From New World Encyclopedia
Fossil range: Middle Miocene to Present[1]
Indo-Pacific sailfish, Istiophorus platypterus
Indo-Pacific sailfish, Istiophorus platypterus
Scientific classification
Kingdom: Animalia
Phylum: Chordata
Class: Actinopterygii
Order: Perciformes
Family: Istiophoridae
Genus: Istiophorus
Lacépède, 1801

Two, see text

Sailfish is the common name for any of the large marine fish comprising the genus Istiophorus in the Istiophoridae family of the Perciformes order, characterized by a dorsal fin that is very long, sail shaped, and taller than body depth and by an elongated bill resembling that of the swordfish and other billfish.

Sailfish play an important role in marine food chains, largely as apex predators consuming and helping to balance populations of squid, octopuses, and bony fish such as sardines, anchovies, dolphins, mackerel, and tuna. While they are very fast swimmers, sailfish, and particularly young sailfish, find themselves prey of dolphinfish and sharks, among other predators. For humans, sailfish are highly prized game fish, known for their incredible jumps. Their unique form and behavior, including herding small prey and using their bills to stun and maim larger prey, adds to the wonder of nature.

There are two extant species of sailfishes, the Atlantic sailfish (Istiophorus albicans), common to the Atlantic Ocean, Caribbean Sea, and Gulf of Mexico, and the Indo-Pacific sailfish (Istiophorus platypterus), native to the Indian and Pacific Oceans. However, some authors consider these to be the same species, Istiophorus platypterus, known variously as the Atlantic sailfish, Indo-Pacific sailfish, or just sailfish. It was originally classified in the same genus as the swordfish, as Xiphias platypterus (Gardieff 2008).


Suborder and family placement and characteristics

Sailfish commonly are placed as are part of the suborder Scombroidei. The suborder includes species that likely are the fastest swimming fish in the world, including bluefin tuna, swordfish, and sailfish (Nelson 1994, 424). Other members of the suborder include barracudas, mackerels, and snake mackerels. Members of the suborder are characterized by an upper jaw that is not protrusible (not highly mobile) and by having the premaxilla (cranial bones forming the front, central upper jaw) fixed (an adaptation to feeding on larger prey) (Nelson 1994, 424).

The various billfishes (sailfishes, swordfish, marlins, and spearfishes) are generally separated into two families, the Xiphiidae and Istiophoridae, with the swordfish (Xiphias gladius) the only extant member of Xiphiidae, and the other billfishes placed within three genera within Istiophoridae (Nelson 2006; Agbayani 2008a). The three genera placed in Istiophoridae are Istiophorus (sailfishes), Tetrapturus (spearfishes), and Makaira (marlins) (Nelson 1994; ITIS 2004). However, some recent taxonomies have suggested that five genera be recognized within Istiophoridae (Collette et al. 2006).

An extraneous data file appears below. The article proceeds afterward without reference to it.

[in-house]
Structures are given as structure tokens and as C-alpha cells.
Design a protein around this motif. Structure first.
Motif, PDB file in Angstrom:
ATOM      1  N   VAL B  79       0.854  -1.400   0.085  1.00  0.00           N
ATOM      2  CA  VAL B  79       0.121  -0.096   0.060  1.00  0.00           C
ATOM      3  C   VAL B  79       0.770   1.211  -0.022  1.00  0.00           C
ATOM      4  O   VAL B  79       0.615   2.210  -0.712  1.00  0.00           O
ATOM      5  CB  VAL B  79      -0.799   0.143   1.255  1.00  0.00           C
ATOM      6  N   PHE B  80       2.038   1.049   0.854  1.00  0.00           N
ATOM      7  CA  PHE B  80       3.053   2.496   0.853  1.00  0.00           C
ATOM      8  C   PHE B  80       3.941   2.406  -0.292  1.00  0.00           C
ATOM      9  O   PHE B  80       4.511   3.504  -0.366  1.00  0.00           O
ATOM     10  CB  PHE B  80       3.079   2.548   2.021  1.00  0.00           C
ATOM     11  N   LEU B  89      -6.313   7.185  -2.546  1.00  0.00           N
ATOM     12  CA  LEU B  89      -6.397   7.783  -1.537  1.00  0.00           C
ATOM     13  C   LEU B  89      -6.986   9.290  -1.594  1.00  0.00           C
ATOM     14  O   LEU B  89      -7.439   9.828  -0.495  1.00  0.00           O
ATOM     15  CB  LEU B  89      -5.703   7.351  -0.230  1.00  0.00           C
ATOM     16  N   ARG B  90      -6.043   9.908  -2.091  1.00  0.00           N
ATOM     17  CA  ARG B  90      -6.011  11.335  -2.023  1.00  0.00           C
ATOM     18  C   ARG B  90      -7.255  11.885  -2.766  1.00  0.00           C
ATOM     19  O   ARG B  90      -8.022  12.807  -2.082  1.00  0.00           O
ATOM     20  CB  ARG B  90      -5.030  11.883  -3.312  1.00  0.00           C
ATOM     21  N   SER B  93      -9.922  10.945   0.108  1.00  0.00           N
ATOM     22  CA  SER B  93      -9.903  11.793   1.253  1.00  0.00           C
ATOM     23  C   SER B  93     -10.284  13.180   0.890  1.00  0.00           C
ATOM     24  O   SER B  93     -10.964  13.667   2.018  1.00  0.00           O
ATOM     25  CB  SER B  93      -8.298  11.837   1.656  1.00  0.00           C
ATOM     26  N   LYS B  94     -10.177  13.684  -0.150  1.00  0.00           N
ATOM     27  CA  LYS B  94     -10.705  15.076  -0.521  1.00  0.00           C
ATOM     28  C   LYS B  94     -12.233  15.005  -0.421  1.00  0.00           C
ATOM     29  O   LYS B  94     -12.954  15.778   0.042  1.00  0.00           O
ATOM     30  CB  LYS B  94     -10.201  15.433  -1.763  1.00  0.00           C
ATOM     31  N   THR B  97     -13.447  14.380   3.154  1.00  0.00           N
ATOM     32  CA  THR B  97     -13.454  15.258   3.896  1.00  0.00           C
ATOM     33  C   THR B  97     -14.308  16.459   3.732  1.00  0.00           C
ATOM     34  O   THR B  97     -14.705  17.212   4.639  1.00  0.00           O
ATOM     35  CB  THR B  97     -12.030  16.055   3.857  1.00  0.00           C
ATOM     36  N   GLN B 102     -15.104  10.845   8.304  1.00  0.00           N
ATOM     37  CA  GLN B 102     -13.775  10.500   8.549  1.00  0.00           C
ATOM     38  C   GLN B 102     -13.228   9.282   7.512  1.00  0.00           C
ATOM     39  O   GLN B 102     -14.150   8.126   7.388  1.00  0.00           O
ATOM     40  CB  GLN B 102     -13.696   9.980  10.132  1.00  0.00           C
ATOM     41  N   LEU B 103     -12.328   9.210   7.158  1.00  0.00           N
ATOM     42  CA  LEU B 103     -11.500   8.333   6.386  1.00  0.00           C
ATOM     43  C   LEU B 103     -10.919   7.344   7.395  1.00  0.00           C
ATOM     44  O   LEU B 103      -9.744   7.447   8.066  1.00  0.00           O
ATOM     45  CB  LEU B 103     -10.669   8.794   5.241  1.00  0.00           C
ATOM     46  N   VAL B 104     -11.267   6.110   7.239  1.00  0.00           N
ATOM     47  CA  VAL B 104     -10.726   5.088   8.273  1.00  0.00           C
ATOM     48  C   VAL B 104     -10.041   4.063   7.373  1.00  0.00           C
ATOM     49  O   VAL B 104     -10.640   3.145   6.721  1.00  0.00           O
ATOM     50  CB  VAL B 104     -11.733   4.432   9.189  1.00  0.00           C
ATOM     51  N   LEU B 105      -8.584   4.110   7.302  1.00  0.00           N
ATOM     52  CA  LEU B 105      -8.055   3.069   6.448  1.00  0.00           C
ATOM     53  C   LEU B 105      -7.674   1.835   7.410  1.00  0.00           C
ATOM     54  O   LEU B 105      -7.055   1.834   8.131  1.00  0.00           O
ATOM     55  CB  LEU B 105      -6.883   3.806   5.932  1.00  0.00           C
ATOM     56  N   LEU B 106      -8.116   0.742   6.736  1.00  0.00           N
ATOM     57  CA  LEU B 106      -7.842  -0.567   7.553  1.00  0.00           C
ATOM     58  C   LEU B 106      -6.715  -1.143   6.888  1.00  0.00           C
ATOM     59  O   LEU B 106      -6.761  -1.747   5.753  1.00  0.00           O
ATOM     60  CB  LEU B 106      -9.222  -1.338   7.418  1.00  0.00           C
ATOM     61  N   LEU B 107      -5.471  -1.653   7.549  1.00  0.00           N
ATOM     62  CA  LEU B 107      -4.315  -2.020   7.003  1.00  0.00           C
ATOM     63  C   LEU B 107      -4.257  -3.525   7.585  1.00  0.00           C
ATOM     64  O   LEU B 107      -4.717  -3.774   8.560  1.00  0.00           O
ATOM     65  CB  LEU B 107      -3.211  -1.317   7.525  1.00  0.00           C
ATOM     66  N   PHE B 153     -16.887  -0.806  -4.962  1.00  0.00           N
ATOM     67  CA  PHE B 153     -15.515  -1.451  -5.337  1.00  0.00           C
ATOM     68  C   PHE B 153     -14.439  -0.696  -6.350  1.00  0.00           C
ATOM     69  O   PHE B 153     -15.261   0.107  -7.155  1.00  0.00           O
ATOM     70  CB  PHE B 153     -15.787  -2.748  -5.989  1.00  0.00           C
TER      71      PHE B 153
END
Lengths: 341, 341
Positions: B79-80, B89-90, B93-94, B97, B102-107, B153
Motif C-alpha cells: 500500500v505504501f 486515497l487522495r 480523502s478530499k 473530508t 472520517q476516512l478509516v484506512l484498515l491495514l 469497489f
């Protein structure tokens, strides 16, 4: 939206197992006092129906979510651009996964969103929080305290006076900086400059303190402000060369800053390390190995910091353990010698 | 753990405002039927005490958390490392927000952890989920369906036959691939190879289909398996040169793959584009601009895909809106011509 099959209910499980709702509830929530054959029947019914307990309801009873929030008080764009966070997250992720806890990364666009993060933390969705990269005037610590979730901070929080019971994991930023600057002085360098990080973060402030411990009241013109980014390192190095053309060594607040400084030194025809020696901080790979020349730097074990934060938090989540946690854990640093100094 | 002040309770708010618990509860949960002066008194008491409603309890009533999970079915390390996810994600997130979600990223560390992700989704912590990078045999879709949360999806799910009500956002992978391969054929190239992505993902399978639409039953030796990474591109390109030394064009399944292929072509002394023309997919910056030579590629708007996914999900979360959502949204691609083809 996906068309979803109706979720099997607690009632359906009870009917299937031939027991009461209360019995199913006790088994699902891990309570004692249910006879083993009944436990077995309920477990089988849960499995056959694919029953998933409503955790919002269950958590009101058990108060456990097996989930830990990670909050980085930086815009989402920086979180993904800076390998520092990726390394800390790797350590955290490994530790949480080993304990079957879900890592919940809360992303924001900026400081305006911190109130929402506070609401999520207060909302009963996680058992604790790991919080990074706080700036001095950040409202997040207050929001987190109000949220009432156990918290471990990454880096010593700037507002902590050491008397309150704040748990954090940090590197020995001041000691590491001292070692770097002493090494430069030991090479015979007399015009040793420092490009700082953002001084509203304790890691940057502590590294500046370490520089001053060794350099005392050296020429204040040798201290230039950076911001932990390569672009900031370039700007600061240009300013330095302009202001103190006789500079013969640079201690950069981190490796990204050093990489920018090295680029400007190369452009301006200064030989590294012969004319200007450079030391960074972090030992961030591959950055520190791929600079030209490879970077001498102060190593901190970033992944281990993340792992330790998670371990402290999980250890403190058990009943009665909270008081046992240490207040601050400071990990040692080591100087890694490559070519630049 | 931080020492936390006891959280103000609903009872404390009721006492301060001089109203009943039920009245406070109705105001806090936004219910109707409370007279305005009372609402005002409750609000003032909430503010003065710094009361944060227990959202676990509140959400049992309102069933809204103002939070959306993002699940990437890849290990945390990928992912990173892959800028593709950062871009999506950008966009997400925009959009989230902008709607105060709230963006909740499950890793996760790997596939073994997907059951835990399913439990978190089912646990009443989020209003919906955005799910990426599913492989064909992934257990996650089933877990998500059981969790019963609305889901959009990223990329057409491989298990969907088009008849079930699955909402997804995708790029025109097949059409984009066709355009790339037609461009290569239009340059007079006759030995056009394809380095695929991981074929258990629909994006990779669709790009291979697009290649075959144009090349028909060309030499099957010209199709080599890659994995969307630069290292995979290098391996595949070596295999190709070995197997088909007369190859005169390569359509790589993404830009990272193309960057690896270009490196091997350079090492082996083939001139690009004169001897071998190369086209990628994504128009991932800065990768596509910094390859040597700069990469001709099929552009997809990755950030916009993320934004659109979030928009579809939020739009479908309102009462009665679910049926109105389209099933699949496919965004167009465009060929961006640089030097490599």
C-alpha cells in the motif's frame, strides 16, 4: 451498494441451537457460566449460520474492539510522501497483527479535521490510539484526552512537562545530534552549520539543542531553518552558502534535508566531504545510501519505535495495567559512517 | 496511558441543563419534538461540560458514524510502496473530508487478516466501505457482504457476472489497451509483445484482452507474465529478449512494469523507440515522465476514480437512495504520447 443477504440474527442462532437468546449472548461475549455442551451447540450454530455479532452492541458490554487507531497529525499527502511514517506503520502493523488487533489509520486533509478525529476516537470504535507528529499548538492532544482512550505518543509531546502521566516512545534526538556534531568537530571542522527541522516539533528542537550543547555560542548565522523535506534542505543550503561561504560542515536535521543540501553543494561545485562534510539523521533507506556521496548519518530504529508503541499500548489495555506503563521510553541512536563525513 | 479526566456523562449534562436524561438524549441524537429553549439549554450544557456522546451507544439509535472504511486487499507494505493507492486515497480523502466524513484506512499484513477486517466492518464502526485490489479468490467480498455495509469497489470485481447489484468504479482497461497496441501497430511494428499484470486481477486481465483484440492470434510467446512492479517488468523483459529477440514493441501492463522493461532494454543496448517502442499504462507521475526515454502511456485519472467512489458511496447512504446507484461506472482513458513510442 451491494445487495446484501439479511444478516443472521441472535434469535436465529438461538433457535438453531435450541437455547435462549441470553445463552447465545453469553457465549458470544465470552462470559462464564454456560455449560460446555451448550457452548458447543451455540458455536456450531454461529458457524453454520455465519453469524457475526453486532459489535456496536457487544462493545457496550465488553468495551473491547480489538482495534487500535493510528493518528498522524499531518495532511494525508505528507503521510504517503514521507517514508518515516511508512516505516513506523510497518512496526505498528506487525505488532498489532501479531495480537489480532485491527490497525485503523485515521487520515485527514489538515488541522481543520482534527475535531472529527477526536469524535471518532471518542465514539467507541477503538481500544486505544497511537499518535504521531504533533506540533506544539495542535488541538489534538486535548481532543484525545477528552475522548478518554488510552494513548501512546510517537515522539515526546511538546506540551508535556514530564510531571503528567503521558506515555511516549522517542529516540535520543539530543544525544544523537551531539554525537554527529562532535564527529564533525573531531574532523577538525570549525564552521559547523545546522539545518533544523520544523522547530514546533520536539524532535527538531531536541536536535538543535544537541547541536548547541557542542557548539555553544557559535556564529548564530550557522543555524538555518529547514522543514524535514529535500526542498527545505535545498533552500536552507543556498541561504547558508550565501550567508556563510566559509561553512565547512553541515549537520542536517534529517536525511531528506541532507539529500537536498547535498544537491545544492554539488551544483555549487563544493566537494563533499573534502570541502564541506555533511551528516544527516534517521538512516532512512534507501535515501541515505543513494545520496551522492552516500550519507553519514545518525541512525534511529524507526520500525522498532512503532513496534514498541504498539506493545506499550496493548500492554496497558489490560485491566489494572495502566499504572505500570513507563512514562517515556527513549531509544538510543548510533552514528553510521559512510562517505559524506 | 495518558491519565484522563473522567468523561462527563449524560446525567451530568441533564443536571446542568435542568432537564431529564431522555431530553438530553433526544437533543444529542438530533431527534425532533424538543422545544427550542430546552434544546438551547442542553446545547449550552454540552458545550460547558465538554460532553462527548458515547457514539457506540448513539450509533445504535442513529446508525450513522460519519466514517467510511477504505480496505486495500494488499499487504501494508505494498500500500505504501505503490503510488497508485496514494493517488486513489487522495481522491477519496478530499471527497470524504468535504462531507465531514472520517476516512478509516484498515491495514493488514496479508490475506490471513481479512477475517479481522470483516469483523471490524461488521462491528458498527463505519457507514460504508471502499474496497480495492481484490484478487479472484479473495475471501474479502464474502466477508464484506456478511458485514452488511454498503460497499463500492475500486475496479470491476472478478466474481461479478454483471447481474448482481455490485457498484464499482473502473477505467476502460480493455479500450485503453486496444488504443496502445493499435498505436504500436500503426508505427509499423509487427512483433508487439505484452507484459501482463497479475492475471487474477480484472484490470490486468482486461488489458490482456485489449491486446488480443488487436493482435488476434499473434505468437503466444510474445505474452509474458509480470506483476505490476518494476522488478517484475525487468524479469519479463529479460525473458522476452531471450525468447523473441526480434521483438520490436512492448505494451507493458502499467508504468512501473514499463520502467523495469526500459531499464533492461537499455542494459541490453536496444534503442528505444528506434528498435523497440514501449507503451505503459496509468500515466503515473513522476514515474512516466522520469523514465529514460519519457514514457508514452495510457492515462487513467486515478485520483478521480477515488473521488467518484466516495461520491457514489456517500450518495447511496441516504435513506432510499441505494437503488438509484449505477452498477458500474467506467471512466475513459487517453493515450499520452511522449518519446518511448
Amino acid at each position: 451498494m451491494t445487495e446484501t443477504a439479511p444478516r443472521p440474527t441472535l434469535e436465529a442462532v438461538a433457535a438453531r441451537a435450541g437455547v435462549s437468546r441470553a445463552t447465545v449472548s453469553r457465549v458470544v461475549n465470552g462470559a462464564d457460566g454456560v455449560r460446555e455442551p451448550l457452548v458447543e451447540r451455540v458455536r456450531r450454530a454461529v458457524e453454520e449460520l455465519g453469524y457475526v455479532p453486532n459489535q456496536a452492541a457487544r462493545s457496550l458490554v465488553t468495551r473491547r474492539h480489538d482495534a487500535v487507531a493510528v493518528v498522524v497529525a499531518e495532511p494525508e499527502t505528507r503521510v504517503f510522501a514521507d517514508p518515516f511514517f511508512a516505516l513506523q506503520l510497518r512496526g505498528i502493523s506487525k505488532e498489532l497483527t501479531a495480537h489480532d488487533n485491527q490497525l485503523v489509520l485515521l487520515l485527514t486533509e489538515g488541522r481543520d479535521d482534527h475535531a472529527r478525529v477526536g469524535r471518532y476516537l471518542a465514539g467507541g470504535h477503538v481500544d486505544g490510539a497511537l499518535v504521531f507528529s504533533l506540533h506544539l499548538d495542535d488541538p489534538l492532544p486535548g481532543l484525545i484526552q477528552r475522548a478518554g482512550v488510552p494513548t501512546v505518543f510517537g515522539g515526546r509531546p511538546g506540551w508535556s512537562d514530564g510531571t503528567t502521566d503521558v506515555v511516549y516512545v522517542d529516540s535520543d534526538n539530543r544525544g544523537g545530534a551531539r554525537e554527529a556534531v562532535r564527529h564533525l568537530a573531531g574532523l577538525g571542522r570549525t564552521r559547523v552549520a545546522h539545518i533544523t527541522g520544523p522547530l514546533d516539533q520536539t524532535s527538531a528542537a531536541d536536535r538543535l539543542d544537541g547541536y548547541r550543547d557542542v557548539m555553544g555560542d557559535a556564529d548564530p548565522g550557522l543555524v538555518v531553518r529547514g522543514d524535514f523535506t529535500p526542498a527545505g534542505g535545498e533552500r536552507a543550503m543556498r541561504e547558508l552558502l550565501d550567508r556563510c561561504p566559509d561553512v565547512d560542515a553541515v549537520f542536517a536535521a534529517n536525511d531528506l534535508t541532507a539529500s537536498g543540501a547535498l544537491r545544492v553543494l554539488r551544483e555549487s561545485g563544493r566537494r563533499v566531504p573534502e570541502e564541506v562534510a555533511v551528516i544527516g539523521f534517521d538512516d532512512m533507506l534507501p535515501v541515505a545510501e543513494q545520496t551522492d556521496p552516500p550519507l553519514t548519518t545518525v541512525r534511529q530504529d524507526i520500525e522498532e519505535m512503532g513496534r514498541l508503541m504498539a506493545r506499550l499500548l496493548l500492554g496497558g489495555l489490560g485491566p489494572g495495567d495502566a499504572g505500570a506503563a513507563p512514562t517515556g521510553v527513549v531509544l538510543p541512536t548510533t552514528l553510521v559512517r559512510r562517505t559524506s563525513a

In some classifications, sailfishes are placed together with the swordfish, marlins, and spearfishes in the family Xiphiidae (Nelson 1994). That is, all the fish known as billfishes are placed together in this one family, with four extant genera with 12 species in the family. Nelson (1994) follows this procedure because "there is abundant evidence that the formerly recognized Xiphiidae and Istiophoridae are sister groups" and that as terminal groups in Scombroidei they should be placed in the same family. As a comprehensive billfish family, Nelson (1994) characterizes Xiphiidae by adults having an elongate, premaxillary bill (or rostum), as well as an inferior mouth, the dorsal fin beginning over the back of the head, and the dorsal fin lacking any true spines and from 37 to 55 rays (Nelson 1994, 428). The billfishes also lack finlets behind the dorsal and anal fins, have two anal rays, the pectoral fins are inserted low on the body, the pelvic fins are reduced (one spine and two rays or absent), and the gill membranes are free from the isthmus (Nelson 1994, 428). Similarly, Collette et al. (2006) and some recent taxonomies, while recognizing the families Istiophoridae and Xiphiidae, place these two familes together under their own subfamily Xiphioidei, rather than Scombroidei.

Istiophoridae, which Nelson (1994) lists as the subfamily Istiophorinae, is characterized by a rounded bill, elongate pelvic fins, scales (the swordfish in family Xiphiidae lacks scales in adult), jaws with teeth (the swordfish lacks teeth in the adult), a lateral line throughout life, and 24 vertebrae (the swordfish has 26 vertebrae) (Nelson 1994, 428). Most prominent of the Istiophoridae is the dorsal fin, which has a very long base, which is sail-like in some species, and is depressible into groove (Nelson 1994, 428).